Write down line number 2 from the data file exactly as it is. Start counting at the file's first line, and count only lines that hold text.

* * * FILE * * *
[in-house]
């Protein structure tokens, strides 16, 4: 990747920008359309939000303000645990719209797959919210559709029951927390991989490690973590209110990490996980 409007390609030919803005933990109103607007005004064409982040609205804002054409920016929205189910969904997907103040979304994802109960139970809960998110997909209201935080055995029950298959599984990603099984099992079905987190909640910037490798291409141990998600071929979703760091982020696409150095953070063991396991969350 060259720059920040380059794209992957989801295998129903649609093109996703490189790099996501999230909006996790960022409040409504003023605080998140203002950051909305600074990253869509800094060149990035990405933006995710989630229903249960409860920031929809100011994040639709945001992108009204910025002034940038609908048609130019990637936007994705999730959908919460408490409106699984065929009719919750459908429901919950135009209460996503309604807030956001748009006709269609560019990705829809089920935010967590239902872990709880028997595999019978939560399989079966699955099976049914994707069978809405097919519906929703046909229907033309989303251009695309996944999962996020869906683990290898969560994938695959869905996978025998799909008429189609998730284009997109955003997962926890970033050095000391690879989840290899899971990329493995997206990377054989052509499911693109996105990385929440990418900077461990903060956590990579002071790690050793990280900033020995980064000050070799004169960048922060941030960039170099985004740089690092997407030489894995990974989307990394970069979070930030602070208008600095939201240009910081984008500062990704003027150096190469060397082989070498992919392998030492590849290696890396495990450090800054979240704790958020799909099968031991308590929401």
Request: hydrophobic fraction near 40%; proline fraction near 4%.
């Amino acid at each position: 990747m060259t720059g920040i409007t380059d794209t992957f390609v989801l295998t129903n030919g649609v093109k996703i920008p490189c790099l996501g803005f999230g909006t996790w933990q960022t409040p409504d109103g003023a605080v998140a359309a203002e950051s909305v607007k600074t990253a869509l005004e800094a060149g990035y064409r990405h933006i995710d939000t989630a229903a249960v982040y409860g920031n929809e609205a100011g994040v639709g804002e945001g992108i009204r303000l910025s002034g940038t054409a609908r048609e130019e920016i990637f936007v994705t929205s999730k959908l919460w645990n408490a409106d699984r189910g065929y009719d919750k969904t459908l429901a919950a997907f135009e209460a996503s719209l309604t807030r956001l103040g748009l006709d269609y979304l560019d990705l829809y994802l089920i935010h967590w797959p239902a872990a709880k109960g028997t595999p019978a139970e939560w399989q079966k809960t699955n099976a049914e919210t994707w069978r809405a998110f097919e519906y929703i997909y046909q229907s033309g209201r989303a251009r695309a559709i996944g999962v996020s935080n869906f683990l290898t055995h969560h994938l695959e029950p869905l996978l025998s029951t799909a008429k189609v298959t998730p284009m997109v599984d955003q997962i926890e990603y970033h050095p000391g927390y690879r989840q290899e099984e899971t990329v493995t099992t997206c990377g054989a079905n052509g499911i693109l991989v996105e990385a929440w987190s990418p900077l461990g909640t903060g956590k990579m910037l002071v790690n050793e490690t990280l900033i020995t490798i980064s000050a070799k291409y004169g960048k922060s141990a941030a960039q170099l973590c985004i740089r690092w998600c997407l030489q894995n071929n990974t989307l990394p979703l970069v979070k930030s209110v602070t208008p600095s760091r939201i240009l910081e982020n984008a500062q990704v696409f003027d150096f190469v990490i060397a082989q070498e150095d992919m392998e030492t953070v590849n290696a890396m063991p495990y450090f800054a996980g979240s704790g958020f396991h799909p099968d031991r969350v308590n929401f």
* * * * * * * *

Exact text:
């Protein structure tokens, strides 16, 4: 990747920008359309939000303000645990719209797959919210559709029951927390991989490690973590209110990490996980 409007390609030919803005933990109103607007005004064409982040609205804002054409920016929205189910969904997907103040979304994802109960139970809960998110997909209201935080055995029950298959599984990603099984099992079905987190909640910037490798291409141990998600071929979703760091982020696409150095953070063991396991969350 060259720059920040380059794209992957989801295998129903649609093109996703490189790099996501999230909006996790960022409040409504003023605080998140203002950051909305600074990253869509800094060149990035990405933006995710989630229903249960409860920031929809100011994040639709945001992108009204910025002034940038609908048609130019990637936007994705999730959908919460408490409106699984065929009719919750459908429901919950135009209460996503309604807030956001748009006709269609560019990705829809089920935010967590239902872990709880028997595999019978939560399989079966699955099976049914994707069978809405097919519906929703046909229907033309989303251009695309996944999962996020869906683990290898969560994938695959869905996978025998799909008429189609998730284009997109955003997962926890970033050095000391690879989840290899899971990329493995997206990377054989052509499911693109996105990385929440990418900077461990903060956590990579002071790690050793990280900033020995980064000050070799004169960048922060941030960039170099985004740089690092997407030489894995990974989307990394970069979070930030602070208008600095939201240009910081984008500062990704003027150096190469060397082989070498992919392998030492590849290696890396495990450090800054979240704790958020799909099968031991308590929401």